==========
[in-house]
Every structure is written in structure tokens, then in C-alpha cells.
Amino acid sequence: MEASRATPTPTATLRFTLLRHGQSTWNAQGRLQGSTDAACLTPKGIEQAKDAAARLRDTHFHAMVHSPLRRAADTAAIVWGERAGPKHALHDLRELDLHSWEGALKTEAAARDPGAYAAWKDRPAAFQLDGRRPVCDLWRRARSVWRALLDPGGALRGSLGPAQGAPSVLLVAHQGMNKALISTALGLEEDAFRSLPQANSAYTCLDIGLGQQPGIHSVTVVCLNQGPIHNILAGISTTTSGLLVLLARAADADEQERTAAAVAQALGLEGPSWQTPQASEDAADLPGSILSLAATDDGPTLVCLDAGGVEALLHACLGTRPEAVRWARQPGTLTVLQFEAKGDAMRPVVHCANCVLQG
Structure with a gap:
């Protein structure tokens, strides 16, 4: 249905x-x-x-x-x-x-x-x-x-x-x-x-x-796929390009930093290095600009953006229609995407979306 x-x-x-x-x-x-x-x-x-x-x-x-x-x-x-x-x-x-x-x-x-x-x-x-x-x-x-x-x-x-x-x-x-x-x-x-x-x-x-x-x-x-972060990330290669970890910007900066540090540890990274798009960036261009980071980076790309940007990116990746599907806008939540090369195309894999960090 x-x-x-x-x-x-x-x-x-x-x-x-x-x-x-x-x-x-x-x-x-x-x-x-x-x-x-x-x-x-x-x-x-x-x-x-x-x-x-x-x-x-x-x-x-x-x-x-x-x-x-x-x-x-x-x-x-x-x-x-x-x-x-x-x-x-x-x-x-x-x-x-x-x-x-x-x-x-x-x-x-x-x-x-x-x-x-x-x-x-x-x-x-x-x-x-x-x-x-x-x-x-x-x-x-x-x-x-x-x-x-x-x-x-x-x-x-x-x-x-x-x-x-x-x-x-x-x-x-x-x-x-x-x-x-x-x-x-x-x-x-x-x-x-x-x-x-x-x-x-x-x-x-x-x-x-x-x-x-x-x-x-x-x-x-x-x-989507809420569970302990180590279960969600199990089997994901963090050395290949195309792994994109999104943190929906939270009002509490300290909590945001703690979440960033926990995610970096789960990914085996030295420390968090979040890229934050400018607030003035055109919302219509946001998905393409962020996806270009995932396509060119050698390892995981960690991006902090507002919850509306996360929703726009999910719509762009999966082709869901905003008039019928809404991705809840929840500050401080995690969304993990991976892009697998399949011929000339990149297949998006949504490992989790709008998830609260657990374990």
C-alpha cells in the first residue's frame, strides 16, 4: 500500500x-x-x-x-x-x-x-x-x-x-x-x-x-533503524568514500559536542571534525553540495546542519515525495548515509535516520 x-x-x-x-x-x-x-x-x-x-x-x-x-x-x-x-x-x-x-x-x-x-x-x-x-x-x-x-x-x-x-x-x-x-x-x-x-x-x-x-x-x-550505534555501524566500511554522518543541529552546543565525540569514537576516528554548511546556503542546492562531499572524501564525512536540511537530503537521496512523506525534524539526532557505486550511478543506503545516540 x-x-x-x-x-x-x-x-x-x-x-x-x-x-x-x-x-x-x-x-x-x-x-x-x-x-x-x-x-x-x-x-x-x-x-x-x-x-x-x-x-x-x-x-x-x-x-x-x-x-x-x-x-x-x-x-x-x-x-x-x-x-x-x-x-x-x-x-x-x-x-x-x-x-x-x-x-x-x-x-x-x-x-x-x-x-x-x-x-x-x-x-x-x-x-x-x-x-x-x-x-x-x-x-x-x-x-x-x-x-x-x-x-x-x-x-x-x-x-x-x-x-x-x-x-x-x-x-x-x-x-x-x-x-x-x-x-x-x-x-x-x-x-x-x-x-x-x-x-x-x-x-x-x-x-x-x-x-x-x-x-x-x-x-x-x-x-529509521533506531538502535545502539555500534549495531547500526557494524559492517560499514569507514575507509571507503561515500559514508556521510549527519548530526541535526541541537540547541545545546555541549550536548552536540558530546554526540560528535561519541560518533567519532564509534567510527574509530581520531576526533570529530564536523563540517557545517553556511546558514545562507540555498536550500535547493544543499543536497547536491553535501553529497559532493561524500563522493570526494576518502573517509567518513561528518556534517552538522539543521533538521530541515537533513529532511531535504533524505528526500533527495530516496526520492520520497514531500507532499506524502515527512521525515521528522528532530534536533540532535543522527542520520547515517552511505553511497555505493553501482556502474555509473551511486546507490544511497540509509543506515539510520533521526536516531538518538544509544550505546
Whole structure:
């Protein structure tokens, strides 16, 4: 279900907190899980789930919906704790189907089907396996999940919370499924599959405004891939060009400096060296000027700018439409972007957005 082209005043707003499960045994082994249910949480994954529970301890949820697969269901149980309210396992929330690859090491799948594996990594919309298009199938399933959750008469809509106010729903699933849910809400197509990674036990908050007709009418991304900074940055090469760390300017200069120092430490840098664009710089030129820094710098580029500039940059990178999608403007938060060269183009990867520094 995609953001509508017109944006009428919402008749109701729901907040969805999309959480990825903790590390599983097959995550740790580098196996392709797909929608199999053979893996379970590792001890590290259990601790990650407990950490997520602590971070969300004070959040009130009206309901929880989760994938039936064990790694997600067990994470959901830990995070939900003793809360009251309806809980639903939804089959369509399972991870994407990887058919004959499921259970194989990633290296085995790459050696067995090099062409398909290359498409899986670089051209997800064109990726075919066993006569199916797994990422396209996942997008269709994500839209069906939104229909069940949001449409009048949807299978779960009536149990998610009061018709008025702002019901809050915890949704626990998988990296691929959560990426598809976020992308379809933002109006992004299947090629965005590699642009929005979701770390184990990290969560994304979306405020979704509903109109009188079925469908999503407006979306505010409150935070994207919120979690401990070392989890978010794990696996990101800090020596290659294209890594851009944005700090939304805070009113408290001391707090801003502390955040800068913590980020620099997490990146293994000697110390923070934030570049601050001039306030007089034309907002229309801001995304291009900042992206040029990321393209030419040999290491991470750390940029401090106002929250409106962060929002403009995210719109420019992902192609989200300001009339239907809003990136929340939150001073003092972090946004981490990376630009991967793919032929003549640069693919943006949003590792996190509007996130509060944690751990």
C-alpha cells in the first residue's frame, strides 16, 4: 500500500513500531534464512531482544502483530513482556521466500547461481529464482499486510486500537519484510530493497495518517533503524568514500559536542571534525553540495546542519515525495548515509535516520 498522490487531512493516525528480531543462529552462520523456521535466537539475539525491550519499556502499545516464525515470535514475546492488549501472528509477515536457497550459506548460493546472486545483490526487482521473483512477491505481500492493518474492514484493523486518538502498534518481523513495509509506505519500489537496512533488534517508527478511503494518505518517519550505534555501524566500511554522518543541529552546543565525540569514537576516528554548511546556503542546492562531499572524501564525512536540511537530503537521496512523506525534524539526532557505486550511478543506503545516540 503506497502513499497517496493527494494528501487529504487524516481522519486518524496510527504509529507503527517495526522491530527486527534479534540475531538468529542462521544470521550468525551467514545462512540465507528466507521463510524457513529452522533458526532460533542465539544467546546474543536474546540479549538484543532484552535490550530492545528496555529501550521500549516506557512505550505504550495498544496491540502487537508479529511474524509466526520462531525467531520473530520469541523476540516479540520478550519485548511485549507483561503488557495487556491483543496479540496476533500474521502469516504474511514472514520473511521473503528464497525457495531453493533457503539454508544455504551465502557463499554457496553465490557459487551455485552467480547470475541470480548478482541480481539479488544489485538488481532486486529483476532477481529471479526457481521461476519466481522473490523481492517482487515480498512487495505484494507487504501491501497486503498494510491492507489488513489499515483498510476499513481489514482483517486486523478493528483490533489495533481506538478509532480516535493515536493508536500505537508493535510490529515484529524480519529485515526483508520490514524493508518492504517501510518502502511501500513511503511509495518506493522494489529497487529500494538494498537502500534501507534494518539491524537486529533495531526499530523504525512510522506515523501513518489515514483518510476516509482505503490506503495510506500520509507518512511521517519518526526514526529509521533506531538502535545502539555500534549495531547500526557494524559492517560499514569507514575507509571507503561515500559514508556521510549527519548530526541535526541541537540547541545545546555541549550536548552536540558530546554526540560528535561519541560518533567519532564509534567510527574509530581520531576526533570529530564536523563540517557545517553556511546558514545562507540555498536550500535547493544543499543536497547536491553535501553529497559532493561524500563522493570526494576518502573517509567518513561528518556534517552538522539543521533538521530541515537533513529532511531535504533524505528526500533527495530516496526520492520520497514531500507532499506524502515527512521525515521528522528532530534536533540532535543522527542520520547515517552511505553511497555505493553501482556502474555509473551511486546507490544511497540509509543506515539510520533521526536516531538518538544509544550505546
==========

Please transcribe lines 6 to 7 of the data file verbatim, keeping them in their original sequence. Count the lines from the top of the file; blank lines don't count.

C-alpha cells in the first residue's frame, strides 16, 4: 500500500x-x-x-x-x-x-x-x-x-x-x-x-x-533503524568514500559536542571534525553540495546542519515525495548515509535516520 x-x-x-x-x-x-x-x-x-x-x-x-x-x-x-x-x-x-x-x-x-x-x-x-x-x-x-x-x-x-x-x-x-x-x-x-x-x-x-x-x-x-550505534555501524566500511554522518543541529552546543565525540569514537576516528554548511546556503542546492562531499572524501564525512536540511537530503537521496512523506525534524539526532557505486550511478543506503545516540 x-x-x-x-x-x-x-x-x-x-x-x-x-x-x-x-x-x-x-x-x-x-x-x-x-x-x-x-x-x-x-x-x-x-x-x-x-x-x-x-x-x-x-x-x-x-x-x-x-x-x-x-x-x-x-x-x-x-x-x-x-x-x-x-x-x-x-x-x-x-x-x-x-x-x-x-x-x-x-x-x-x-x-x-x-x-x-x-x-x-x-x-x-x-x-x-x-x-x-x-x-x-x-x-x-x-x-x-x-x-x-x-x-x-x-x-x-x-x-x-x-x-x-x-x-x-x-x-x-x-x-x-x-x-x-x-x-x-x-x-x-x-x-x-x-x-x-x-x-x-x-x-x-x-x-x-x-x-x-x-x-x-x-x-x-x-x-529509521533506531538502535545502539555500534549495531547500526557494524559492517560499514569507514575507509571507503561515500559514508556521510549527519548530526541535526541541537540547541545545546555541549550536548552536540558530546554526540560528535561519541560518533567519532564509534567510527574509530581520531576526533570529530564536523563540517557545517553556511546558514545562507540555498536550500535547493544543499543536497547536491553535501553529497559532493561524500563522493570526494576518502573517509567518513561528518556534517552538522539543521533538521530541515537533513529532511531535504533524505528526500533527495530516496526520492520520497514531500507532499506524502515527512521525515521528522528532530534536533540532535543522527542520520547515517552511505553511497555505493553501482556502474555509473551511486546507490544511497540509509543506515539510520533521526536516531538518538544509544550505546
Whole structure: